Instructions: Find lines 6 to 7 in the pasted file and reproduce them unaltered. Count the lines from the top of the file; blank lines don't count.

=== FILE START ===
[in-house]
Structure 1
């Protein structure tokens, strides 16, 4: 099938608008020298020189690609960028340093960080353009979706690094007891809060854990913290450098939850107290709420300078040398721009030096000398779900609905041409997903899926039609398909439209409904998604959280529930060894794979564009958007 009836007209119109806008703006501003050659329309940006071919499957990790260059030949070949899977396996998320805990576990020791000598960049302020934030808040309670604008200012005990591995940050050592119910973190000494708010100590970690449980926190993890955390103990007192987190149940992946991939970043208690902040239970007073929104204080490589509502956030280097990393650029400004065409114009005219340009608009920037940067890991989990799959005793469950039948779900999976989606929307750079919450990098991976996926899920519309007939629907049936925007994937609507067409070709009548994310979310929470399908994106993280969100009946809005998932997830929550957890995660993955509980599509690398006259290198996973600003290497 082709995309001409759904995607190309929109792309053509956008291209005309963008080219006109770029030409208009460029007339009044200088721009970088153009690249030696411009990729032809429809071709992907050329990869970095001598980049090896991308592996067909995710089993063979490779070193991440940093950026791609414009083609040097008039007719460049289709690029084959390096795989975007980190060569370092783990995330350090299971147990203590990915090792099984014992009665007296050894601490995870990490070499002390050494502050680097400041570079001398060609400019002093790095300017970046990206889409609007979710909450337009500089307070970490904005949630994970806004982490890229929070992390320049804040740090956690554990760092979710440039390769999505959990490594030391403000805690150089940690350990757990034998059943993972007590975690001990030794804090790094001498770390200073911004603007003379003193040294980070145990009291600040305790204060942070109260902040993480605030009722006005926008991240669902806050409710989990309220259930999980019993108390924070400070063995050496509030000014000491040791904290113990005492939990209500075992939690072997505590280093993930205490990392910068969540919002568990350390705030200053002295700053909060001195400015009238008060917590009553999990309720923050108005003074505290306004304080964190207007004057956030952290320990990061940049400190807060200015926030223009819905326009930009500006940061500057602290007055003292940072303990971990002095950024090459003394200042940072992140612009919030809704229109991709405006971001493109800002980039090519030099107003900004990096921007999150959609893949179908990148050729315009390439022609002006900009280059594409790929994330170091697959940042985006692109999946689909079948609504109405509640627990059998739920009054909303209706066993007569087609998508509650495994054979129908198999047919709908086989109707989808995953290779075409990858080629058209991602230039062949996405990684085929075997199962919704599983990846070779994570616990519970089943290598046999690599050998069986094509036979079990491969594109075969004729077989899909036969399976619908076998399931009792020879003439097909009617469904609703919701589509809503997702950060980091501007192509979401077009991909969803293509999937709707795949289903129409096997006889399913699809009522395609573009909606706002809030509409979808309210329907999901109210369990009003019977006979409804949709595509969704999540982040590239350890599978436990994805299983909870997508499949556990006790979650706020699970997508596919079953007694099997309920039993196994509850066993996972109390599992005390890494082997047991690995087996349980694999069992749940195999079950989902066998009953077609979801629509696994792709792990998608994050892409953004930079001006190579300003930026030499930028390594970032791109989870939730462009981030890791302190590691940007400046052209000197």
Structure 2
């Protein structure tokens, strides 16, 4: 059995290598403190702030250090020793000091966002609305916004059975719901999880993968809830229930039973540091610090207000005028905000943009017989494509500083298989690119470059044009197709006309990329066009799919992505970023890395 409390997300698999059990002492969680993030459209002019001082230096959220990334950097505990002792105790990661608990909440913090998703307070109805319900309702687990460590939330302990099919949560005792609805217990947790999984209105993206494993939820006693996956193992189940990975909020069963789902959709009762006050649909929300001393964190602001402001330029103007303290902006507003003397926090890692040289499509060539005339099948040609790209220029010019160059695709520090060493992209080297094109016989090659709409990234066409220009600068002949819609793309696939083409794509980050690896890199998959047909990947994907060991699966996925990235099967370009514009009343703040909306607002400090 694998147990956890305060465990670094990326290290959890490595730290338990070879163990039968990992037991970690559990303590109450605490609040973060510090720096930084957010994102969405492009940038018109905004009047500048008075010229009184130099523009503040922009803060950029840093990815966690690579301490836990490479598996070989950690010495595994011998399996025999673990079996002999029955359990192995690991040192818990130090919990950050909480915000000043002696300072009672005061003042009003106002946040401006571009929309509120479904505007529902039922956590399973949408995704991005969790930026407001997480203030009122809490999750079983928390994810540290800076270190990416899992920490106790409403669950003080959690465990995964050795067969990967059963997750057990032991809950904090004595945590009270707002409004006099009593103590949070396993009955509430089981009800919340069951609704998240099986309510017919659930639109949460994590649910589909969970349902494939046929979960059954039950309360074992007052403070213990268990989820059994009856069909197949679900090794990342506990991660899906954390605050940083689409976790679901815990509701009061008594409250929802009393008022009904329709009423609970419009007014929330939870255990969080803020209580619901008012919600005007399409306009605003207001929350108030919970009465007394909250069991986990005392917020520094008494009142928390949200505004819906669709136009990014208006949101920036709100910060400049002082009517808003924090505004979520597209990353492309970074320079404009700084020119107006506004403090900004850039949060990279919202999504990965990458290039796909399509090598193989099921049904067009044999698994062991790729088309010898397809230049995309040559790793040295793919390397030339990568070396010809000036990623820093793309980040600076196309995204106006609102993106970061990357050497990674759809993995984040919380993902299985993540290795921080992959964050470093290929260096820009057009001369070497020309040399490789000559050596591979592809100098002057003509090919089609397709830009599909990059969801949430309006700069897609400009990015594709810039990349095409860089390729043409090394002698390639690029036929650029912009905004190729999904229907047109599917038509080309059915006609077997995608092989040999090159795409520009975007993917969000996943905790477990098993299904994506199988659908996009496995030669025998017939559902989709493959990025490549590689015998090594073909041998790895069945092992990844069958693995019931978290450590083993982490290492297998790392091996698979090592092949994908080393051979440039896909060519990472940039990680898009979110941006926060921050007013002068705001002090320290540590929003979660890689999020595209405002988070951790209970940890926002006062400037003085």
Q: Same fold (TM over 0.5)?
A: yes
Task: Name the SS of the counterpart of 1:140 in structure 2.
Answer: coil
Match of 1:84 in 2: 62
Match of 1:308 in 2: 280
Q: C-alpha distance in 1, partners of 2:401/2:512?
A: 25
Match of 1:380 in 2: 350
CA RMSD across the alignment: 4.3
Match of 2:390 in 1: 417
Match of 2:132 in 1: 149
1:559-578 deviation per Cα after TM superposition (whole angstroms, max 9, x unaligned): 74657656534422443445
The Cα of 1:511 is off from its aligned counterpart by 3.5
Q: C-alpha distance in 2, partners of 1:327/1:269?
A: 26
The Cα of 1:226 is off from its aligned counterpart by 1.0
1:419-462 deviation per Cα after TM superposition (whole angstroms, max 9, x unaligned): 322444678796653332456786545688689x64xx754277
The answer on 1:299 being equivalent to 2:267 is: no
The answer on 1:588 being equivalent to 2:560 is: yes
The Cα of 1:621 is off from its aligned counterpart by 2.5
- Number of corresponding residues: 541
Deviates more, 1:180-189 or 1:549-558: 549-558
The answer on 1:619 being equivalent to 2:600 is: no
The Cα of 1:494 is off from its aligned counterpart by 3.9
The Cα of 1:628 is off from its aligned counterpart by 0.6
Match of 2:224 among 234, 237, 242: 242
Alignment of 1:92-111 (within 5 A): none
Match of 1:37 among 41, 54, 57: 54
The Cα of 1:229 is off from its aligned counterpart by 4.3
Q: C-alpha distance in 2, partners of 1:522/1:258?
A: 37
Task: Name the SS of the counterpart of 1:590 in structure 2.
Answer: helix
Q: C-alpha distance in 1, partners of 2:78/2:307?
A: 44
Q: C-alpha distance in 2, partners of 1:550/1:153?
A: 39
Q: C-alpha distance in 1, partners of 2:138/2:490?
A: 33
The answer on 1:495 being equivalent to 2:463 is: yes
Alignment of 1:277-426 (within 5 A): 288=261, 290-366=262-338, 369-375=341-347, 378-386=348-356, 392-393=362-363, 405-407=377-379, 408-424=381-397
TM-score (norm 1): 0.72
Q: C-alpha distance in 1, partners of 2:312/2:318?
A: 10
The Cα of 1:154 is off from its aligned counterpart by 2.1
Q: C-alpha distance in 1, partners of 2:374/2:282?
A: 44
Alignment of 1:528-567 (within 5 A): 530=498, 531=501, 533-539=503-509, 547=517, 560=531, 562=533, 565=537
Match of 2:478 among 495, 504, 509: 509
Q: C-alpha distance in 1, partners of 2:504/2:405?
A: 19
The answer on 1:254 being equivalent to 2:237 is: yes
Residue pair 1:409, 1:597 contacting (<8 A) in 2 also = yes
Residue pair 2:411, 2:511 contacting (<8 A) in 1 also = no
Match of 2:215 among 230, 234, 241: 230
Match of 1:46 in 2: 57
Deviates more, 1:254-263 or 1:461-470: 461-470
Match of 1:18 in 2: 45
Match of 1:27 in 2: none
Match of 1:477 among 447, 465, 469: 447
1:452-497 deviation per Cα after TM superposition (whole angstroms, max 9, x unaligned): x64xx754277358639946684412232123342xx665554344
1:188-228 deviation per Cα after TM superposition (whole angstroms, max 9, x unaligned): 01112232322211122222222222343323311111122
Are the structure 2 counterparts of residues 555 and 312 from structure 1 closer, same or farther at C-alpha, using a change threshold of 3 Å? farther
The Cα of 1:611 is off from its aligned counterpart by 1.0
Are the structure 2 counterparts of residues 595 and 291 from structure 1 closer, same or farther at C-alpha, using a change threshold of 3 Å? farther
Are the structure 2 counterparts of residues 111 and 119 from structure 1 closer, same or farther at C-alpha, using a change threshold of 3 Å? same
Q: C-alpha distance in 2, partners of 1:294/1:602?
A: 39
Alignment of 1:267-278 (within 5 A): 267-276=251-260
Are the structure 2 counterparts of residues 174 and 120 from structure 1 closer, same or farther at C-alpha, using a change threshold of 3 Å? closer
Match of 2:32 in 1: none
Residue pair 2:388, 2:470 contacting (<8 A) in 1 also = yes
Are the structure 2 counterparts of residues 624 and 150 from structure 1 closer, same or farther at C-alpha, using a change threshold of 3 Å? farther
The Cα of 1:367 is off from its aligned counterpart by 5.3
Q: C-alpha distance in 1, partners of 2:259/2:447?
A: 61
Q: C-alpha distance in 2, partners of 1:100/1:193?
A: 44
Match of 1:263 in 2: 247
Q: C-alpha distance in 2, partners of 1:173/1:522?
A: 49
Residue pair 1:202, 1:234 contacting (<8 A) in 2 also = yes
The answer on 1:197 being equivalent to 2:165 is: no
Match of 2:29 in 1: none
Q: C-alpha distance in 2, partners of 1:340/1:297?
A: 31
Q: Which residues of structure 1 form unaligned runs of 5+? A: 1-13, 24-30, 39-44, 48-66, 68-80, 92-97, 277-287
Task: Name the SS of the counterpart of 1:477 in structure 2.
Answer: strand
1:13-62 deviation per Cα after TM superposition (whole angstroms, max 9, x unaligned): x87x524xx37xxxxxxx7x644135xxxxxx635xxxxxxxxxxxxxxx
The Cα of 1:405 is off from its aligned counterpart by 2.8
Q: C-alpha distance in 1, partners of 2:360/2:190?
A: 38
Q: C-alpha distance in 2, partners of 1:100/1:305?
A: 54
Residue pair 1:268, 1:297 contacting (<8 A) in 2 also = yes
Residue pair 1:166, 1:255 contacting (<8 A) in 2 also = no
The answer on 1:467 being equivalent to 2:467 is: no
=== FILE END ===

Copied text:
Q: Same fold (TM over 0.5)?
A: yes